Thanks to Sideburn for the link.

Saturday, 6 February 2010

Ouch!

I think the local anaesthetic's wearing off. Ouch! Need more Guinness and some pain killers.

Some loveliness to ease the pain:


There must be a fire in that garage... she's smouldering!

Back from Surgery

Back from the hospital and feeling a lot better than I thought I would.

Surgery was at 11h00 and went well. They gave me local as well as general anaesthetic, so my fingers are still numb and there is hardly any pain. Not expecting it to last through the night though!

Mouth is as dry as a convention of nuns because of the anaesthetic. Impossible to eat a biscuit - I tried. The Guinness helps.

Friday, 5 February 2010

Under the Knife

I'll be at the hospital at 07h00 tomorrow for the surgery to remove the plate in my wrist. Not looking forward to it... but looking forward to my wrist not giving me trouble. I want to fast forward my life 2 weeks.

A simple procedure: slice open my arm, unscrew the 12 screws, chisel the plate off, close the cut and stitch. Done!

As the title of a great book I'm reading: "These are the days that must happen to you."
Indeed!

Thursday, 4 February 2010

Gus Scott - Part 2

"24 hours before his death, Gus Scott wrote this heartfelt account of a 115mph lap at his first TT. We couldn't think of a finer tribute to our friend than to publish it."


Continued from Gus Scott - Part 1...



I'm on the climb to Sarah's Cottage. Third gear uphill, I ran out of road here before and thought, "I'm in the bales." You don't want to look at what you're going to hit, so I looked up the road. I was lent over at full tilt, I had my knee down, boot on the ground, everything, then I felt the wheels hit the bales, flick me up, and I was still going, so I just kept racing. this place gets you like that.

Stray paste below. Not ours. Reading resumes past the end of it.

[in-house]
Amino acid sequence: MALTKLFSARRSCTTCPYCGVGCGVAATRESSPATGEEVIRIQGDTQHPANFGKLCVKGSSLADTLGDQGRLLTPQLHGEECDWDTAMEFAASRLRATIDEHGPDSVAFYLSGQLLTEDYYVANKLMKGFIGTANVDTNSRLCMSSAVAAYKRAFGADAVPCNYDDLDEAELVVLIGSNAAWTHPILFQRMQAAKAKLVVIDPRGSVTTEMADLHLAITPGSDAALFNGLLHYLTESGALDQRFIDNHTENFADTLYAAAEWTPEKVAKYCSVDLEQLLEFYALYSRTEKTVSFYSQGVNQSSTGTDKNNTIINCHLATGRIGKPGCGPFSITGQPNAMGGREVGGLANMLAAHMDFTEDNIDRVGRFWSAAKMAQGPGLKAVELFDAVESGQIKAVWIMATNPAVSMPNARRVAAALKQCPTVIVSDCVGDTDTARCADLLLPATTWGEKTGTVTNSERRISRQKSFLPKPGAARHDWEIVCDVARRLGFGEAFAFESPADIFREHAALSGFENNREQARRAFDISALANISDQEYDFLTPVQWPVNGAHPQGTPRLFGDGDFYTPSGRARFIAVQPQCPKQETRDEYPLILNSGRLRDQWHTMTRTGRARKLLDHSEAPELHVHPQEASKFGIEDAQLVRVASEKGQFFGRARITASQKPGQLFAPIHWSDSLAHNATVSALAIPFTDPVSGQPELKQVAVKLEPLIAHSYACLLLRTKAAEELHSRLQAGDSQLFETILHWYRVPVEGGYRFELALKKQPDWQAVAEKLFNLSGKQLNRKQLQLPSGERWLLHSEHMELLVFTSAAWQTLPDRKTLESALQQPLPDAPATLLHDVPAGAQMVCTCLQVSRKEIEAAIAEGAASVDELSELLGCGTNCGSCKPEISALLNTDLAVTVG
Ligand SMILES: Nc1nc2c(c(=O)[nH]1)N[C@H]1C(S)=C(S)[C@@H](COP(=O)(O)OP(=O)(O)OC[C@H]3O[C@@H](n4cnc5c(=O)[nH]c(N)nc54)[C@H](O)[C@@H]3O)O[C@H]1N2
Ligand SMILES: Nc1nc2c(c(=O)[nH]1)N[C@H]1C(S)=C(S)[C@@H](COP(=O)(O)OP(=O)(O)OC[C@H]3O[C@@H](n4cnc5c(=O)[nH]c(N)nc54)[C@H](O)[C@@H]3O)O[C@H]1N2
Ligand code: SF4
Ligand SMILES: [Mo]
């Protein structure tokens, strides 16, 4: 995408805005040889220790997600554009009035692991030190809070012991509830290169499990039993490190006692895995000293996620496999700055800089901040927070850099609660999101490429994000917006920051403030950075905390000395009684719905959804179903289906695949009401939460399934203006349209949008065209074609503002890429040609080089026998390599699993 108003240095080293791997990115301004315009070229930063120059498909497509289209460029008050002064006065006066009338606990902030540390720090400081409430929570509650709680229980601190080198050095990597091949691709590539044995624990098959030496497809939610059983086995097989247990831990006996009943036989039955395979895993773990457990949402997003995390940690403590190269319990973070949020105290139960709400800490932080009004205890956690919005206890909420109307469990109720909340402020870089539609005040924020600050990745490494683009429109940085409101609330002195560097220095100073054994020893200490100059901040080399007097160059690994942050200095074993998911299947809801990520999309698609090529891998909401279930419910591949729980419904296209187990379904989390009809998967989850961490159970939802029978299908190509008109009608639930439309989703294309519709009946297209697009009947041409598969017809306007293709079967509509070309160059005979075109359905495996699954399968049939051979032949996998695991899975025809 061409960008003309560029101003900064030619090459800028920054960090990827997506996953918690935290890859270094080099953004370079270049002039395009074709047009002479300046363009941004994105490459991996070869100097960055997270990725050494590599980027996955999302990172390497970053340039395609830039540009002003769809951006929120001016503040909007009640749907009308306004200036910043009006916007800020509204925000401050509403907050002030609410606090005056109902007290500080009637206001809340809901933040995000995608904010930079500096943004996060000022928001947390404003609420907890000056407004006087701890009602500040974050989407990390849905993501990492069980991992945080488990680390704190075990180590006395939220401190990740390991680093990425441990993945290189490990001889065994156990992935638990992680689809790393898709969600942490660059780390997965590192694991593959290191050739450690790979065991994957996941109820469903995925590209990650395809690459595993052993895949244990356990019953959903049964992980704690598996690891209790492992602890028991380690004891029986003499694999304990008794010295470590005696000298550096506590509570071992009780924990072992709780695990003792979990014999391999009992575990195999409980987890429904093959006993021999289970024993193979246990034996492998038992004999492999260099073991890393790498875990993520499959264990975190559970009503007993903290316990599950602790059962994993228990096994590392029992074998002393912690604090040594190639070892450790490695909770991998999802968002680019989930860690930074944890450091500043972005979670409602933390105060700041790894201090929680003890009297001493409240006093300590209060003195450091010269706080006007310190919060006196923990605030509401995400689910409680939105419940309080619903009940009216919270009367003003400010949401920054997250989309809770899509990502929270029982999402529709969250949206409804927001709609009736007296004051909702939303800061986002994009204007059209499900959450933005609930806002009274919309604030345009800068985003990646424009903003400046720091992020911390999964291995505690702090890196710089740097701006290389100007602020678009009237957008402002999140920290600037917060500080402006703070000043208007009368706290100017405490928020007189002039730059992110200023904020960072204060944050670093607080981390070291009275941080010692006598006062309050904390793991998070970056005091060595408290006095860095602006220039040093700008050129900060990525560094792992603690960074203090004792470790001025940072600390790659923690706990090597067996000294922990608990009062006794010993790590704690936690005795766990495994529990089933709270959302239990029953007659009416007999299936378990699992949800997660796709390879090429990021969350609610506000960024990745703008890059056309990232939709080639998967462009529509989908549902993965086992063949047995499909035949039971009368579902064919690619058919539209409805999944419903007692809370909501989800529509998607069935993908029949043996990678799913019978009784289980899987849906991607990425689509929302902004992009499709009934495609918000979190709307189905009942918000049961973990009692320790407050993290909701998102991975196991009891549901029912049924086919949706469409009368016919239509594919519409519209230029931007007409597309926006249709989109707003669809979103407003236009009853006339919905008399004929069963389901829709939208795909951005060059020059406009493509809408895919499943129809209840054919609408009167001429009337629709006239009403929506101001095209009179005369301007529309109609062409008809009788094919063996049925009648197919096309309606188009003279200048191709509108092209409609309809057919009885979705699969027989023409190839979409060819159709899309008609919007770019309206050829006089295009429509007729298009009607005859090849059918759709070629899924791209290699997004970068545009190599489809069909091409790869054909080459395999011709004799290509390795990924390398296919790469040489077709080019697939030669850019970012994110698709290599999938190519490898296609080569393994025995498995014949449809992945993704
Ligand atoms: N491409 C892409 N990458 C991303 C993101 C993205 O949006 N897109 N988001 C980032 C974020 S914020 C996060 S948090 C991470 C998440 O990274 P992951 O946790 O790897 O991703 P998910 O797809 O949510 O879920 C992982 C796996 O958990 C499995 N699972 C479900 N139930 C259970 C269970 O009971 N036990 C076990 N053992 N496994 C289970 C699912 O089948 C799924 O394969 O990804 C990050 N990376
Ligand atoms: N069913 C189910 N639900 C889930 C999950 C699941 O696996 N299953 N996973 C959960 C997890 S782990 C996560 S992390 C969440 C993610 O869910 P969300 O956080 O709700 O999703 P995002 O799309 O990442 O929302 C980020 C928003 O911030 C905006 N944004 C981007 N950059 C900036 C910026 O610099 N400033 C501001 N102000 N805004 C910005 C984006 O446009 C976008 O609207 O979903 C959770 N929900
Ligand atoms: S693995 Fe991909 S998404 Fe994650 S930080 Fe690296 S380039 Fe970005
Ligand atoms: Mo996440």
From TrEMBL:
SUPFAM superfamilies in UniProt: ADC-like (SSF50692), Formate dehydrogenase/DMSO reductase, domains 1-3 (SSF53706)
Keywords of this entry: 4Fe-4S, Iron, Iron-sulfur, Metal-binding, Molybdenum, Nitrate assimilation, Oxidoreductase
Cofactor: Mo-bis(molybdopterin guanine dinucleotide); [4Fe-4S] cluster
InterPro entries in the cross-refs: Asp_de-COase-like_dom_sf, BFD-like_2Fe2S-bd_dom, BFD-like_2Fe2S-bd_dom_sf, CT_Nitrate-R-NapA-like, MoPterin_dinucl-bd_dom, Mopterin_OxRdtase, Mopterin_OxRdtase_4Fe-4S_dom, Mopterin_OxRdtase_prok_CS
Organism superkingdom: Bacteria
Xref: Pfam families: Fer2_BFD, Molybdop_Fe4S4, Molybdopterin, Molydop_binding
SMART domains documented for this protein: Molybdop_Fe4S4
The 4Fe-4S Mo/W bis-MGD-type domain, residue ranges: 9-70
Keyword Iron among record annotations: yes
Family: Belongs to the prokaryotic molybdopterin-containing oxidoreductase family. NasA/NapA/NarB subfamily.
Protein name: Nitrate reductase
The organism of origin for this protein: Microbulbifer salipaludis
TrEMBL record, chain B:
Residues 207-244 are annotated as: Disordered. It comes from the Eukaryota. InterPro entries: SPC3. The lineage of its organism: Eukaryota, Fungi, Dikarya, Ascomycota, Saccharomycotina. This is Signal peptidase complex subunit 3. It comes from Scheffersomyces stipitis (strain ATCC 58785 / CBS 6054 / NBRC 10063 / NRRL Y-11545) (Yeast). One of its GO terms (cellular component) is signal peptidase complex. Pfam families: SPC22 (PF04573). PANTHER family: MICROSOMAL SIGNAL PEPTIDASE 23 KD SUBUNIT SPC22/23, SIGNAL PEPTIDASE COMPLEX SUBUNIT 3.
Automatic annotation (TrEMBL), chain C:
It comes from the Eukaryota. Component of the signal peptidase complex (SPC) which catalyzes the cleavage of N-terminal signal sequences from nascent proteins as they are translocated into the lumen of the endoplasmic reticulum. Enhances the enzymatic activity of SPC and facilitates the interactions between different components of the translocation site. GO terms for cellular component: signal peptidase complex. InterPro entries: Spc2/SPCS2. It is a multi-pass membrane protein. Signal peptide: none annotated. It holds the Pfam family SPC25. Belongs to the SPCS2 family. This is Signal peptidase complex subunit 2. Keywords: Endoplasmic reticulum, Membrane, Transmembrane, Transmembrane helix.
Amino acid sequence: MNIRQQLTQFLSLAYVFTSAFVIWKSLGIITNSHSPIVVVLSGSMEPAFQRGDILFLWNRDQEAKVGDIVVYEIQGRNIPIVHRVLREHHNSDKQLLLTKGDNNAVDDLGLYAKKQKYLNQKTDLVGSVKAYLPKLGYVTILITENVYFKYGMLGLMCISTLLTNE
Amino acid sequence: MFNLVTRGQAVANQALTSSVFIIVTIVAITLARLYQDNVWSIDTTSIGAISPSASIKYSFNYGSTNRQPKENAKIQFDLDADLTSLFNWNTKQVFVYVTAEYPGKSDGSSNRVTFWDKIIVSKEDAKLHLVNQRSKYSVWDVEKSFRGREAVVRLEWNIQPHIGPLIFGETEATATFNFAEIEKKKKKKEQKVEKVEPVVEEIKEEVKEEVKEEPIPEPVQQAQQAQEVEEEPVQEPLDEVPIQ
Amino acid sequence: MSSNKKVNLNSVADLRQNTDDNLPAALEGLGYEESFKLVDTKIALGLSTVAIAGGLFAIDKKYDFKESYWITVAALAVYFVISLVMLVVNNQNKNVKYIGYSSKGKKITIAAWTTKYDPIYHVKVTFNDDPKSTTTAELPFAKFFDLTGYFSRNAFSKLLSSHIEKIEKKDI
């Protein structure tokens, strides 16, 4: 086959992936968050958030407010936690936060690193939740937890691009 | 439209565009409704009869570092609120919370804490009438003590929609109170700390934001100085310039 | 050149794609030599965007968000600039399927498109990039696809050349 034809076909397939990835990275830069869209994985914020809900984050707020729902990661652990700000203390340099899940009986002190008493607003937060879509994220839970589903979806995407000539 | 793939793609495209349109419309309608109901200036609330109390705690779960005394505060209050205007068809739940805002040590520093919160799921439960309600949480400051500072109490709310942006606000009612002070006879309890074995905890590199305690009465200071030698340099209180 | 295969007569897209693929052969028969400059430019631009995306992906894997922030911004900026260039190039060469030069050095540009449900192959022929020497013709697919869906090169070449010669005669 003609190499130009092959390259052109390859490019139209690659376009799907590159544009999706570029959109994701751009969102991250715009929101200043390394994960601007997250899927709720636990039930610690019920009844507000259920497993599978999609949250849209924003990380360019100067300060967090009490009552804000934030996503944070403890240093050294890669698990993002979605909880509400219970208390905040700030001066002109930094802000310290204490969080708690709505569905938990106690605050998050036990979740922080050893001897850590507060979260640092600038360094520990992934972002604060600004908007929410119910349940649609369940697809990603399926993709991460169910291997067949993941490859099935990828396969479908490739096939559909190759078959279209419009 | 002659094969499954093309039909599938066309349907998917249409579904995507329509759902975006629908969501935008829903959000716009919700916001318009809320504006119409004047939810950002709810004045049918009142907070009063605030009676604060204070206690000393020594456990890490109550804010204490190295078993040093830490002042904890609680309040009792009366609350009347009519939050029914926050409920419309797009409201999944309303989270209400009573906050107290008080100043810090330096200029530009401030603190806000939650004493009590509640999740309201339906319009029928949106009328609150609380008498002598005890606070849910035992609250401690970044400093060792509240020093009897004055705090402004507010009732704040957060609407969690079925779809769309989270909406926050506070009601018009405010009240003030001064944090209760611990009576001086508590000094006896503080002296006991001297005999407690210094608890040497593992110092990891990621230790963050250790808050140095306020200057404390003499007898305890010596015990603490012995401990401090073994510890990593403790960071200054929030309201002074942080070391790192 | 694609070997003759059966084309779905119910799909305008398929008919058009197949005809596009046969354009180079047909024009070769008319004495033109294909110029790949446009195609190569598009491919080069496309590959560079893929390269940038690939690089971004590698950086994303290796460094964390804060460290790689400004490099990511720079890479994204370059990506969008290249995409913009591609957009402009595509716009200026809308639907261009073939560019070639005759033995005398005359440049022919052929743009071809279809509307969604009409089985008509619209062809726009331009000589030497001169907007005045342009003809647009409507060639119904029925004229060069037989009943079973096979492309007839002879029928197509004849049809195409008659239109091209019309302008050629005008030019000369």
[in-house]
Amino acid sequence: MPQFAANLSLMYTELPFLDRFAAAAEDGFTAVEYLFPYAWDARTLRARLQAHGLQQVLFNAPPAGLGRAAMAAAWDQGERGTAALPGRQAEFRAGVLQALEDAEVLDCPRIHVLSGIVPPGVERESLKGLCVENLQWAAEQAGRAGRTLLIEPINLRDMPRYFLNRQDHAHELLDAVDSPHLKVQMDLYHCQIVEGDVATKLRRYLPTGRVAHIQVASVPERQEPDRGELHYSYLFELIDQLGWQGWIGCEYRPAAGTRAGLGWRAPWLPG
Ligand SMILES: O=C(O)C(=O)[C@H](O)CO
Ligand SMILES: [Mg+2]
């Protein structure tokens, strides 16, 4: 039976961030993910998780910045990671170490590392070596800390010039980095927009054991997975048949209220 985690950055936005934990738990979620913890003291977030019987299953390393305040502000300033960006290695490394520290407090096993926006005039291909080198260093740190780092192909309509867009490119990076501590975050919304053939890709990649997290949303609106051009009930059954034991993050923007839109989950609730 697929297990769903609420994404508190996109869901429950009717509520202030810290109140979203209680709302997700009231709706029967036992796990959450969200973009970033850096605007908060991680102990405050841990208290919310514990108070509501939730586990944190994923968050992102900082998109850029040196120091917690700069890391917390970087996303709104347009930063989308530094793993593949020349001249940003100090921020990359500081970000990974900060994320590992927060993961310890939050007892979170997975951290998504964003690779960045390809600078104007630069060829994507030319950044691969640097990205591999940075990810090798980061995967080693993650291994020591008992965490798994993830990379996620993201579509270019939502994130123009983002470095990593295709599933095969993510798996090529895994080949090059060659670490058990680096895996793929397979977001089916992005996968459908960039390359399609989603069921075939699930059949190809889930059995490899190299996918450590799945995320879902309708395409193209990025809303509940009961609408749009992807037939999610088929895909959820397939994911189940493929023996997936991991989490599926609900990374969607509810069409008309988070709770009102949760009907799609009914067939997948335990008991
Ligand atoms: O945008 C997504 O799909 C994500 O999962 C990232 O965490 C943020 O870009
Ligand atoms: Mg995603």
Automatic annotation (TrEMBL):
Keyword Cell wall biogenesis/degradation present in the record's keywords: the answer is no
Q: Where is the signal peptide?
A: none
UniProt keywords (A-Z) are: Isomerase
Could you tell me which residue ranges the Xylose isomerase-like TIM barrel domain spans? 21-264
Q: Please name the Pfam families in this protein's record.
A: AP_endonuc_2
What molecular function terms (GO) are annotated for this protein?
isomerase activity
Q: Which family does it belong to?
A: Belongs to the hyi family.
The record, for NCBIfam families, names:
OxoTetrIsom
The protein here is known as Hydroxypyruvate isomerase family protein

My heart was trying to pound out of my ribcage, I had eyes like frisbees. That could've been it. Get it out of your head, get it out of your head. You think about pulling over, then just keep building up speed top Cronk-y-Voddy. It's hard at the end of there. I had some nasty slappers, lock-to-lock with loads of people watching. On the video it looks like DJ just rolls it off, but I've found it better to pull on the bars to take the load off the front.

The funny thing about this place is you accelerate in to a lot of the corners before you see them. that lifts the front end and you wont believe how smooth it makes it.

Into top gear, towards the big bottler at the bottom of Barregarrow. what's going to happen this lap? Back a gear, brush the brakes, and accelerate into it. you've got to do your turn beforehand because everything bottoms out and you can't turn it, everything compressed, the bike won't go anywhere.

Then into the 13th milepost. the first time I went into there I thought it was straight. it isn't. It's bumping all over the road, a kerb on the right pops out right under your wheels, brushes your footrest. Then you're onto the nice smooth tarmac towards Kirk Michael.

In the first practice I floated round and thought this is the next best thing I've ever done in my life. Next time I went a bit faster and had some big scares. I got lost, I nearly ran into some walls and then a Swedish lad I was out with on Saturday night was killed. He got lost and ran into a wall going into Kirk Michael, a tight, third-gear right-hander. Spectators said he went on full tilt, he just got caught out. I know how it felt. He was over here for all the right reasons. He was 39 and wanted a bit of a ride. It really fucked my head up.

Part 3 (final) coming up soon.

Monday, 1 February 2010

Babe of the Day



Surgery Rescheduled

Got a call from the hospital on Friday. They've had a cancellation and can move my surgery to take the plate out of my wrist to this coming Saturday. Yeeeeha!